Keywords: Muslims, non-Muslims, Qur'an, exclusivist, imperialism, religious diversity, Hindus, Sikhs, Jains, Shi'a, Sunni, multi-religious, Wahhabi movement, Judaeo-Christian tradition, jihad, ahl al-kitab, zakat, dar al-harb, fundamentalist, dar al-islam

Abstract:The paradox of a religious tradition that promotes harmony and tolerance being used to justify war and intolerance is not unique to Islam. History shows that all religions, particularly their scriptures, have been interpreted by believers to justify a wide range of contradictory political, social, and cultural goals.

The Qur'an, the scripture believed by Muslims to have been revealed by God to Prophet Muhammad, is no exception. With regard to the issue of peace and violence, the author's contention is that the Qur'an essentially espouses a pluralist worldview, one that promotes peace and harmony among nations and peoples.

Through the centuries, however, it has been subjected to anti-pluralist, or exclusivist, interpretations in order to advance hegemonic goals, both political and religious. It is within the framework of this dichotomy between a pluralist Qur'an and anti-pluralist interpretations that we can best understand the conflicting and contradictory uses of Qur'anic texts.


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Professor Azim Nanji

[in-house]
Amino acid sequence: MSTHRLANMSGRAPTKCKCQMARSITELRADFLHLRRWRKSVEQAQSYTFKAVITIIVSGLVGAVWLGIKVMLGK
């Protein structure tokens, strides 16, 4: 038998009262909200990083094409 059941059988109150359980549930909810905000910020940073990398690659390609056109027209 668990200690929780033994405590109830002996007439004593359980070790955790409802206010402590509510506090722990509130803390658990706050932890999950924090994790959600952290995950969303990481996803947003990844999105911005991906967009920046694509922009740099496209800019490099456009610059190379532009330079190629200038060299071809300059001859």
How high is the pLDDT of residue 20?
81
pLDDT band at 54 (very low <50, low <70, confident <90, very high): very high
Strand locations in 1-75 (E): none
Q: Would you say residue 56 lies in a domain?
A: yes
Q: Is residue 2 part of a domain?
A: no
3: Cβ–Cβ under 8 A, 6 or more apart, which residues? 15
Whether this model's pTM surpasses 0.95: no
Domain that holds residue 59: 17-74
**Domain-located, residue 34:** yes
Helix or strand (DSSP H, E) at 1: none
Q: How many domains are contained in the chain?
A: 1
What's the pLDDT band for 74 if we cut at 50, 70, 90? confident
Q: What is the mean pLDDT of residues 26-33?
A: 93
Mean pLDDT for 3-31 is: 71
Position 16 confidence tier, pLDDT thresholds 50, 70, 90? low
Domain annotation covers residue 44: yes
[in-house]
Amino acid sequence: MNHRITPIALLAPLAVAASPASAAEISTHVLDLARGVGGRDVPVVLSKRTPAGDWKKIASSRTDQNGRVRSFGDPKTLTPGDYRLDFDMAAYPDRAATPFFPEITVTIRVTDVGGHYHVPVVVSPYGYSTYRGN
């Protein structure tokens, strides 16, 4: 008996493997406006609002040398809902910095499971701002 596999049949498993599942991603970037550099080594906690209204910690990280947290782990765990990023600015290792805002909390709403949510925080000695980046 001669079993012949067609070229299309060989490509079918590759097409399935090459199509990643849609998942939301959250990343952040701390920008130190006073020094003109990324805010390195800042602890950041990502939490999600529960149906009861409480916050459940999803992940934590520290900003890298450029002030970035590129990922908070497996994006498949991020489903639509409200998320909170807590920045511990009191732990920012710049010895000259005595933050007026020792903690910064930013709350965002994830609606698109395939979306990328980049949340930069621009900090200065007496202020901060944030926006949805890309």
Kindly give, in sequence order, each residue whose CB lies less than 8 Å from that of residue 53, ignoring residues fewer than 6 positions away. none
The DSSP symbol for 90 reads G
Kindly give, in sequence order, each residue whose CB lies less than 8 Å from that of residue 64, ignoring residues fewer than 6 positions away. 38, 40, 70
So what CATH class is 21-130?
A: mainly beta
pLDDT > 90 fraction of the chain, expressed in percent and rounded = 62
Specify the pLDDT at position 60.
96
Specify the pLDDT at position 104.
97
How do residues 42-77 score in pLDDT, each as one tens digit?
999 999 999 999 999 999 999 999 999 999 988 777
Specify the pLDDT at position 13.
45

Azim Nanji is currently Special Advisor to the Provost of the Aga Khan University, and a member of the Board of Directors of the Global Centre for Pluralism in Ottawa, a joint partnership between His Highness the Aga Khan and the Government of Canada. He has held many prestigious academic and administrative appointments, most recently as Senior Associate Director of the Abbasi Program in Islamic Studies at Stanford University, where he was also lecturer in the Department of Religious Studies. From 1998 to 2008, Professor Nanji served as Director of the Institute of Ismaili Studies in London.

Professor Nanji has published numerous books and articles on religion, Islam and Ismailism, including: The Nizari Ismaili Tradition (1976), The Muslim Almanac (1996), Mapping Islamic Studies (1997) and The Historical Atlas of Islam (with M. Ruthven) (2004) and The Dictionary of Islam (with Razia Nanji), Penguin 2008. In addition, he has contributed numerous shorter studies and articles in journals and collective volumes including The Encyclopaedia of Islam, Encyclopaedia Iranica, Oxford Encyclopaedia of the Modern Islamic World, and A Companion to Ethics. He was the Associate Editor for the revised Second Edition of The Encyclopaedia of Religion.

Within the Aga Khan Development Network, he has served as a member of the task force for the Institute for the Study of Muslim Civilisations (AKU-ISMC) and Vice Chair of the Madrasa-based Early Childhood Education Programme in East Africa. He served as a member of the Steering Committee of the Aga Khan Award for Architecture in 1998, 2001 and 2016.​​